Yes, Debt Collectors Can Take Your Coronavirus Stimulus Check

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Stimulus checks issued by the US government are starting to arrive in peoples’ banks accounts this week. Still, a lot of questions remain about them, including if debt collectors can take the cash.

Well, the answer apparently is yes, banks can snatch the cash before you can use it for bills, or food (which according to The Washington Post, is what most people are using the cash for).

A few scenarios where you could see the money get snatched:

  1. If your payment posts to a bank account where you owe money, say for overdraft fees. Of note, banks can’t take this cash for credit card charges, but they can for consumer loans and fees.
  2. If you have a garnishment order on your bank account from a debt collector.

There are some exceptions to this, even if you have a court order on your bank account — and millions of Americans do. Per The American Prospect, the US Treasury could have imposed restrictions on creditors being able to garnish this stimulus. That being said, some states have put executive orders in place, so check and see what has been done in your state before officially panicking.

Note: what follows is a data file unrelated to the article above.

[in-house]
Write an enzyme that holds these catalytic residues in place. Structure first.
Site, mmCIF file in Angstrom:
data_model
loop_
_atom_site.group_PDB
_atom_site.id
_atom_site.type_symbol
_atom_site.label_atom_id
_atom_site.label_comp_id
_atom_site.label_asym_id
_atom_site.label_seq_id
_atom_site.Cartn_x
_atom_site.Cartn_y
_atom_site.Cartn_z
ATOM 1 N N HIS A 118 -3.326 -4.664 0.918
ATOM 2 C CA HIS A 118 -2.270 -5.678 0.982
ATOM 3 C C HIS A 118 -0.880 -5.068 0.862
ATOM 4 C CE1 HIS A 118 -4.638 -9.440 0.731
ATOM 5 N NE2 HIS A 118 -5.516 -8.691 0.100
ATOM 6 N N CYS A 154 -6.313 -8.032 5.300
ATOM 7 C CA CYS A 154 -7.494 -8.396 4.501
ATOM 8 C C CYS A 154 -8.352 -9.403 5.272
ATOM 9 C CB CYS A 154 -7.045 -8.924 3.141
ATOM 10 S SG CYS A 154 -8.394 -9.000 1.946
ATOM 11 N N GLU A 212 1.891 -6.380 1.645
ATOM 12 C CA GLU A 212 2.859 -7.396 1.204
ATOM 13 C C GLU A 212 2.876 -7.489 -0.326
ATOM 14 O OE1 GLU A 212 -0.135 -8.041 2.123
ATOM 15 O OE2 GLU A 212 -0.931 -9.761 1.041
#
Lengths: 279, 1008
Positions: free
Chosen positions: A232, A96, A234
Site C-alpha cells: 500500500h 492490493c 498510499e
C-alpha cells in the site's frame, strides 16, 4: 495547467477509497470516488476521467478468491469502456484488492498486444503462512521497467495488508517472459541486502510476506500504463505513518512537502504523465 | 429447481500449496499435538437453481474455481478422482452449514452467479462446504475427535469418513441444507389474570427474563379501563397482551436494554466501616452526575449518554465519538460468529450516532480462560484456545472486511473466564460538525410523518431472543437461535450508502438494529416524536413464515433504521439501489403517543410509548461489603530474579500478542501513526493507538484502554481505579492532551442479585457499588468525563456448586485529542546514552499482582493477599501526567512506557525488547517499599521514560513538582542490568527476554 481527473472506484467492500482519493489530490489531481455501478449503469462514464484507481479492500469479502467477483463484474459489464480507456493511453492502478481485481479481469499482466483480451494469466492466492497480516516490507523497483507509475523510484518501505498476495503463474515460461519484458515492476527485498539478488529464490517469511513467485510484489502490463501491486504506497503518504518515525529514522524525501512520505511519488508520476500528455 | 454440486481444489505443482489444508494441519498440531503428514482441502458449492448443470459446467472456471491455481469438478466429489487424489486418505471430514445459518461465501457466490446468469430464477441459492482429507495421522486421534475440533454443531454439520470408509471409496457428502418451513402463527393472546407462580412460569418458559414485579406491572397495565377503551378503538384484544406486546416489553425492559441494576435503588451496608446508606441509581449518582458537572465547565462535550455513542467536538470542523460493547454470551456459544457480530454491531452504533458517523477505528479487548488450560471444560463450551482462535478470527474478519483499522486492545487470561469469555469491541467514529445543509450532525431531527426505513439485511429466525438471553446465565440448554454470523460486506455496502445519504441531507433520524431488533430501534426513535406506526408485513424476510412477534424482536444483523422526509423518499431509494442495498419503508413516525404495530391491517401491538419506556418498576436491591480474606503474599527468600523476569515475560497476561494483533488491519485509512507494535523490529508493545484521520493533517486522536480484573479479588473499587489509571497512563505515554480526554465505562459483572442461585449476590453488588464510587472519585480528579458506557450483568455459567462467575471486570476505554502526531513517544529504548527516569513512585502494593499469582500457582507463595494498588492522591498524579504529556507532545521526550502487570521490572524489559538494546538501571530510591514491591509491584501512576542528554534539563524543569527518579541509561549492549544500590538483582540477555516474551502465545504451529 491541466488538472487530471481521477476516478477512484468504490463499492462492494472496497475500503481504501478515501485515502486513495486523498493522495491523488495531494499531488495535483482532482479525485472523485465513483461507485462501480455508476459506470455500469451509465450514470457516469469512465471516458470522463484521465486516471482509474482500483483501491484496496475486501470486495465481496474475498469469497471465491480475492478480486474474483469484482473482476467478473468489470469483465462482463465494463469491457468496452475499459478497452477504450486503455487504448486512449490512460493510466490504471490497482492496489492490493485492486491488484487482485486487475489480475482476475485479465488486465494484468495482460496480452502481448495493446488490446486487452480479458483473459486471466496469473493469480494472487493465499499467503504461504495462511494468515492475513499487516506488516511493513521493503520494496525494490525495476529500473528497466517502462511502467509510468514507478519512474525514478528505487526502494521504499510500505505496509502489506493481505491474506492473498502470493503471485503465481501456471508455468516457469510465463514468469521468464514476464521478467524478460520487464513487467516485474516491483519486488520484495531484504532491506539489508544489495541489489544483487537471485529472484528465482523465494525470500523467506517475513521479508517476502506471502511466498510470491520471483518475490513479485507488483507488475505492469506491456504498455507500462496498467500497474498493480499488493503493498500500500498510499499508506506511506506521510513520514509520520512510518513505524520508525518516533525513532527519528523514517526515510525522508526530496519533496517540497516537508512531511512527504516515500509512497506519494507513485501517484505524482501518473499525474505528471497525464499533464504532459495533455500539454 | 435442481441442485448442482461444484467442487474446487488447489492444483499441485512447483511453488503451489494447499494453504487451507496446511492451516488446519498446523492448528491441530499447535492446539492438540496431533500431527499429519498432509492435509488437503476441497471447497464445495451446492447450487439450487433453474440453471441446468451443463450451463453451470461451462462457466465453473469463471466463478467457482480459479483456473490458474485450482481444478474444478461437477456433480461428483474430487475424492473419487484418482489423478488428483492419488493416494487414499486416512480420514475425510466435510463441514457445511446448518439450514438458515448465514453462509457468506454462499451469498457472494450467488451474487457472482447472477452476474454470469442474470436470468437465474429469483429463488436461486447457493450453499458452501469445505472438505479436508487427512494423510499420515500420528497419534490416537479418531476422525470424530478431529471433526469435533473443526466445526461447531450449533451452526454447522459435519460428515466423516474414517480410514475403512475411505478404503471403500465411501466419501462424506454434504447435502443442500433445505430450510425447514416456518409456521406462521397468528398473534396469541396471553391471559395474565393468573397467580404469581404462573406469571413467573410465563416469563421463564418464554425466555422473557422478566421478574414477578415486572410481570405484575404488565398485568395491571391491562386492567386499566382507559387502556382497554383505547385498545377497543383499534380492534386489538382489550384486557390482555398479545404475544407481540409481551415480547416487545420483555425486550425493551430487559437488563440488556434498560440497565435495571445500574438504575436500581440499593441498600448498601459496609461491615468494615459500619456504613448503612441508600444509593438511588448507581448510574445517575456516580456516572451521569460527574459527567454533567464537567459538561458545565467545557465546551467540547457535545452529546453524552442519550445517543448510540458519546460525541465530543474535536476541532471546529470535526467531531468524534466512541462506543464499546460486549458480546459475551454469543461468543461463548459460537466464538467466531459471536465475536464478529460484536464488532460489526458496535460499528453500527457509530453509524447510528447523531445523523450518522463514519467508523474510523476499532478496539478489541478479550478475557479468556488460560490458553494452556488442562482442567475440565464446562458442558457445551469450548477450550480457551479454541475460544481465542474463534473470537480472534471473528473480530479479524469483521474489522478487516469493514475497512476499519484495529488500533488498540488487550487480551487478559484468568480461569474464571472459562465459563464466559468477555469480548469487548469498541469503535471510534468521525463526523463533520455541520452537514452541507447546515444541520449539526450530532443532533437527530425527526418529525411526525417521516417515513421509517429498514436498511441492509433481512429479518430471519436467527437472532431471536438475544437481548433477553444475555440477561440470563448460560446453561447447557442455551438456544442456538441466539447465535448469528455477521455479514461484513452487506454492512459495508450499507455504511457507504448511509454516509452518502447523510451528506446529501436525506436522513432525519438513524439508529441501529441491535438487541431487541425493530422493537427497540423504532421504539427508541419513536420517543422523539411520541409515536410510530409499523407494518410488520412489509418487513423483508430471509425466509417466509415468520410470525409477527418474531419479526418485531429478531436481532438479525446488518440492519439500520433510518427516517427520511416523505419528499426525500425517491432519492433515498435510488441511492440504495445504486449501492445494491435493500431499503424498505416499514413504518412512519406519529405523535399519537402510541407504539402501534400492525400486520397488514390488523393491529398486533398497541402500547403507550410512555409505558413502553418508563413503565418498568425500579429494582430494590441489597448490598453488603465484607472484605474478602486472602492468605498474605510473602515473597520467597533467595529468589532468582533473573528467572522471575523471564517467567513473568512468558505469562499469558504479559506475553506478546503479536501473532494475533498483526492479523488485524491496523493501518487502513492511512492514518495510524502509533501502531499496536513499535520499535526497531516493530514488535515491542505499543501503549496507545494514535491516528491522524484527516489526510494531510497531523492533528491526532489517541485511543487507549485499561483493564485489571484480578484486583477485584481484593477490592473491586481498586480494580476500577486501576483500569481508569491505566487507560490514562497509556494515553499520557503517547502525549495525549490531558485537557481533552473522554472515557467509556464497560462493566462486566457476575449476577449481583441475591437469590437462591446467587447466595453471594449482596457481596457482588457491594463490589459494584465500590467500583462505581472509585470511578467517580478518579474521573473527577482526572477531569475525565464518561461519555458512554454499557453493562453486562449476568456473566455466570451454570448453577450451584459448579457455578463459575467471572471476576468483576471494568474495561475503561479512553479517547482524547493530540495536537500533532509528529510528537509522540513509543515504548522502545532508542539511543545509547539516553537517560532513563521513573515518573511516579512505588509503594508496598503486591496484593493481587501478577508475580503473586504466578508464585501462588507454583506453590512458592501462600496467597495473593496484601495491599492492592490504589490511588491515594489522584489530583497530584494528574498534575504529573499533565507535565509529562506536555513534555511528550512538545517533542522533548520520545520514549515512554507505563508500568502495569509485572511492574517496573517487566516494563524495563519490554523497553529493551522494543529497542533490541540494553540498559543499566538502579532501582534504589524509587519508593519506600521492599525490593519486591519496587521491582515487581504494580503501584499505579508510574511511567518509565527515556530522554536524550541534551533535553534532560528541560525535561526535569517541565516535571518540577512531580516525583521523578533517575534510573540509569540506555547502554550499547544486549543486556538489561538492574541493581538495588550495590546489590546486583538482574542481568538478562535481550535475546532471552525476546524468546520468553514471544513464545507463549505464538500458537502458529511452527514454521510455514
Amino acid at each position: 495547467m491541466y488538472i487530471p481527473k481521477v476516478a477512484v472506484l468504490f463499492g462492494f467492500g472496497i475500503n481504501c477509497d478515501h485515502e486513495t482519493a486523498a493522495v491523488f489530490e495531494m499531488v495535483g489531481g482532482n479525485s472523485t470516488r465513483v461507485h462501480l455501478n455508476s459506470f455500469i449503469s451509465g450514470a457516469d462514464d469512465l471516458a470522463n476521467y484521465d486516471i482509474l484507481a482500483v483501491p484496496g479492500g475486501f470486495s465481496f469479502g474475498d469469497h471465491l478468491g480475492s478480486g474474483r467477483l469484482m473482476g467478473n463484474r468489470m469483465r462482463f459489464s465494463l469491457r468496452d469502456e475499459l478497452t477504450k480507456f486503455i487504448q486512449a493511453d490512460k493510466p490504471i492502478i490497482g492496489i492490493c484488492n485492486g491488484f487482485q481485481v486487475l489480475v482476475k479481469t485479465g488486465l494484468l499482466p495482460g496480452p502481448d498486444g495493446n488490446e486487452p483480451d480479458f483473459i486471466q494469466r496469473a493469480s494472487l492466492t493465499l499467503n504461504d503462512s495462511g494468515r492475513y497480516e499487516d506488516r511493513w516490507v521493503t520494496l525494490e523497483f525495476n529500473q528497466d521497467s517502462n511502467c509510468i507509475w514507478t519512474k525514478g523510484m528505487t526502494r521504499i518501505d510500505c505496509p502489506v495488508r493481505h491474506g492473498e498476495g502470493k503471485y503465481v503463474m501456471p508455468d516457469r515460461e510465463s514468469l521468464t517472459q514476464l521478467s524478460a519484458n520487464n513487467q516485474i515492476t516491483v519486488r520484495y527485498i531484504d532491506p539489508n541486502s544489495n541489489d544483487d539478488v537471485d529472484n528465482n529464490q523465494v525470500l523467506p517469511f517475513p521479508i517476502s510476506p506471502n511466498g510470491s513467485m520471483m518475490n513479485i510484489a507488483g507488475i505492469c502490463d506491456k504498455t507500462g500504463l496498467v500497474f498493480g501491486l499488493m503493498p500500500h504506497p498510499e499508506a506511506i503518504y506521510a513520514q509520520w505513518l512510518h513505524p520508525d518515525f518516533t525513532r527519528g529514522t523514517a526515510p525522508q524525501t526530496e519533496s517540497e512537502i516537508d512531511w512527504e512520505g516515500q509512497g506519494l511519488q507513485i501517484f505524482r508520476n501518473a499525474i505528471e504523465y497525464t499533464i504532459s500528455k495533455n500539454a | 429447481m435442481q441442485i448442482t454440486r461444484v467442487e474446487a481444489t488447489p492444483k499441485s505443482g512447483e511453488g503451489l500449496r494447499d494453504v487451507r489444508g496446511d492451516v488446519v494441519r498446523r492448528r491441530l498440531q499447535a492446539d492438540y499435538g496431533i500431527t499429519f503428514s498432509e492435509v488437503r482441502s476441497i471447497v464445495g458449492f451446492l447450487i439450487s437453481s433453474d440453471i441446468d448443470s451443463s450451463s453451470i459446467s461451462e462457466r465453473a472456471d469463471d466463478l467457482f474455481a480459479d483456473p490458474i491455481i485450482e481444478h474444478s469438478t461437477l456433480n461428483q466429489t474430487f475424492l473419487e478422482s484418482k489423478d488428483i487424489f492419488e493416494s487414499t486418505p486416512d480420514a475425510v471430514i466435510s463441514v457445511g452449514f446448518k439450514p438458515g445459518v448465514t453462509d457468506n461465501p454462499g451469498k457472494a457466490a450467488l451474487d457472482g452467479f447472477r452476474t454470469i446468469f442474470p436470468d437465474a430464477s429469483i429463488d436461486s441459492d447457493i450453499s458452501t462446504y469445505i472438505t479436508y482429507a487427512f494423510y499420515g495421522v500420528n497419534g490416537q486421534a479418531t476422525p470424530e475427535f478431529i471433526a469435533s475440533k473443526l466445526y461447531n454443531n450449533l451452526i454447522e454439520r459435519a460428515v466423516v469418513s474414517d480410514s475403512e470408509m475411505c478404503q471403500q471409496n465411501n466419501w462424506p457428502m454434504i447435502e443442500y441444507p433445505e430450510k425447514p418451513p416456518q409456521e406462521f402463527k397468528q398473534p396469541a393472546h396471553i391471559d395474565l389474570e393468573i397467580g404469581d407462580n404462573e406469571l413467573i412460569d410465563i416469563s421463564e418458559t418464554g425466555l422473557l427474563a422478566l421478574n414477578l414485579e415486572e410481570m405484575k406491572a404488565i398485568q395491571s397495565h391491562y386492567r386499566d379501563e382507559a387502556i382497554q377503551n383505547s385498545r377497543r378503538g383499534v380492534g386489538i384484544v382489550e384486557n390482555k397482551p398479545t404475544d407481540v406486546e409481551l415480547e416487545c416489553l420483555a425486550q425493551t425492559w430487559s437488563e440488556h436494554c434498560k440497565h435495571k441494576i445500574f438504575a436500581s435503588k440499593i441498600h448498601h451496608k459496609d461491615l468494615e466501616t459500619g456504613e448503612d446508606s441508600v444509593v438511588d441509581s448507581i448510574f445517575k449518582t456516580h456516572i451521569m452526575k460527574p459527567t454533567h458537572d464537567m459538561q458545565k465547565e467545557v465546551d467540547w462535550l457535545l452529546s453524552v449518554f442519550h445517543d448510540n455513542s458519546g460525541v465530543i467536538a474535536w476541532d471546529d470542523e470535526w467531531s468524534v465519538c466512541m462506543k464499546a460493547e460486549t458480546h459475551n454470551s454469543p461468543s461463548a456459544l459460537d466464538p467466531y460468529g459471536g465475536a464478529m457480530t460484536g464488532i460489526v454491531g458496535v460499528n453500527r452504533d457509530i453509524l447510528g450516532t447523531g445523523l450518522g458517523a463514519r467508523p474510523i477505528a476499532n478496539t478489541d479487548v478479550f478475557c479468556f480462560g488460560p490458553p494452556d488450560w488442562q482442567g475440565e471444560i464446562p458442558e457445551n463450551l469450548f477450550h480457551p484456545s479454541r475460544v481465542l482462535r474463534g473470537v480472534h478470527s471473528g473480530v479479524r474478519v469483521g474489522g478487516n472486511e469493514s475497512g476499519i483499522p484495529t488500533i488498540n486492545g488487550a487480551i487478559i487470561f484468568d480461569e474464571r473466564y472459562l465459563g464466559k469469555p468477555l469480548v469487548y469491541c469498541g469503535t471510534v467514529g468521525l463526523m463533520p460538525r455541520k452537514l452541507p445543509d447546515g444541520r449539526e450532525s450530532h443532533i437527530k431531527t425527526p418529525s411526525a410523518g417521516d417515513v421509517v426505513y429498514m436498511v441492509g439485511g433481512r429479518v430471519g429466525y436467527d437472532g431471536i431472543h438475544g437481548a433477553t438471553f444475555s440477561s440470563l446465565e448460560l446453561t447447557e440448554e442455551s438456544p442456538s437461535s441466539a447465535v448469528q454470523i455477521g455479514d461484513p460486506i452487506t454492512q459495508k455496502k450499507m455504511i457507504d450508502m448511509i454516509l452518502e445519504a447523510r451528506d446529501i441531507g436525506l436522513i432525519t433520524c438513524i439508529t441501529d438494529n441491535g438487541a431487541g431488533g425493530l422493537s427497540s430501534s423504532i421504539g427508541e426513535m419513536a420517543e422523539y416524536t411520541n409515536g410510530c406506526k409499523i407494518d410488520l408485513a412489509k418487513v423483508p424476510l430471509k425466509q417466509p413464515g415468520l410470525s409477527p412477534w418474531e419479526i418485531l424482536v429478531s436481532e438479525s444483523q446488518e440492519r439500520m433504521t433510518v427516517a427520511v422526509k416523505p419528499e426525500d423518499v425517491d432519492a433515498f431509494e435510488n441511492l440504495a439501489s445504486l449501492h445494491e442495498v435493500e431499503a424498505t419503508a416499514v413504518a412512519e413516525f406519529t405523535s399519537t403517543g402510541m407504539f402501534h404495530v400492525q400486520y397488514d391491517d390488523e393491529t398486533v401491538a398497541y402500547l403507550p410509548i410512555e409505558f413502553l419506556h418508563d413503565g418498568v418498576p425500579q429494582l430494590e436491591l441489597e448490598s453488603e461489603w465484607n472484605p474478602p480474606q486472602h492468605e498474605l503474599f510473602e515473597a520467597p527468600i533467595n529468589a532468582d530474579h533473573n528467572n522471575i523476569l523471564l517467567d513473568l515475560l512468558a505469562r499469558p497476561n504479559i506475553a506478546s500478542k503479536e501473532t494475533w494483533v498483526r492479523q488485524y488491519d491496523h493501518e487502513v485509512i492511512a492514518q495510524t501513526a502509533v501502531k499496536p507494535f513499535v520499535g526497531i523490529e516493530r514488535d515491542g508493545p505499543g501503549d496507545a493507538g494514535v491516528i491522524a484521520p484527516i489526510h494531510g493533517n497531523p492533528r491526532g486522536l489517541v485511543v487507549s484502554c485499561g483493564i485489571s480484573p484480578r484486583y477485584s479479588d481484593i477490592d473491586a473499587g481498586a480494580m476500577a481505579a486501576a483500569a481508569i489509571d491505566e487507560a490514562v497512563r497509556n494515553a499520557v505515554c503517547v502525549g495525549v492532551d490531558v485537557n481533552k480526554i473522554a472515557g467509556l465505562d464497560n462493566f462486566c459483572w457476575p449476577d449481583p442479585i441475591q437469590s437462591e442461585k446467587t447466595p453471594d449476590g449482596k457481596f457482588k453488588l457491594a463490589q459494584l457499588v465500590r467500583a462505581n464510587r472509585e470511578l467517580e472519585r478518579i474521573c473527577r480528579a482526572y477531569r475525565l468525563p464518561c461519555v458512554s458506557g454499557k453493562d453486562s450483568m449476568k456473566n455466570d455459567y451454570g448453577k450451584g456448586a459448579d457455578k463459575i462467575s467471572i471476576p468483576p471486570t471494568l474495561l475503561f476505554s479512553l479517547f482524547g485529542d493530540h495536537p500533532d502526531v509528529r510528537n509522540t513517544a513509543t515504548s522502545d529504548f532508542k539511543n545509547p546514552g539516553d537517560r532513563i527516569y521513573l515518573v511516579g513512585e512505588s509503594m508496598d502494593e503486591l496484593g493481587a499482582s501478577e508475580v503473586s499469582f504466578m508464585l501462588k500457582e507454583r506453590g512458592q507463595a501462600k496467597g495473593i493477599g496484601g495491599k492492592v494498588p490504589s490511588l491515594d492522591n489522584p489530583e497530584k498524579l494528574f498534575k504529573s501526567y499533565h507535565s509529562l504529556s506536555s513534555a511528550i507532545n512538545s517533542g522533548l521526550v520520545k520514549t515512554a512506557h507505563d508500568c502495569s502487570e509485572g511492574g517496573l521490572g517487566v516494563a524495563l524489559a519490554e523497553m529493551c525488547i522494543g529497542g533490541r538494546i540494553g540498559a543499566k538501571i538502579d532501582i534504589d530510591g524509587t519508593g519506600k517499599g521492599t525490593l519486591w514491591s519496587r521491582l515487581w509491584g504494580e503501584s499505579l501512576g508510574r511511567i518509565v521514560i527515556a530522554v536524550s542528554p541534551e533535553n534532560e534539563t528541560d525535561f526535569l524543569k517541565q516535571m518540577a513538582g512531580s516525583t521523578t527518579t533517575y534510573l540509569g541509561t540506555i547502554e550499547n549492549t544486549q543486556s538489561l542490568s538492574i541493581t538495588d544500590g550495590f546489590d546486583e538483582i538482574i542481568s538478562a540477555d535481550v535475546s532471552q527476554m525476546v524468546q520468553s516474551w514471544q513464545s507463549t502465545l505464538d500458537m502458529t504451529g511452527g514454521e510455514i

On top of that, there are a few strategies you can employ to not have this happen to you if you are concerned that it might:

  1. Know your rights. If you are a recipient of Social Security, SSI, Veterans or other federal benefits you might be exempt to a certain degree.
  2. The money can’t be garnished until it is in your bank account. Opt for a check instead of direct deposit and then cash the check.
  3. You can redirect your stimulus payment to a prepaid card or bank account at a smaller bank or credit union (where creditors are less likely to service garnishment orders).

Remember: Stay calm, do your research, and find a solution that works for you.

Feature Illustration: Laura Caseley For The Money Manual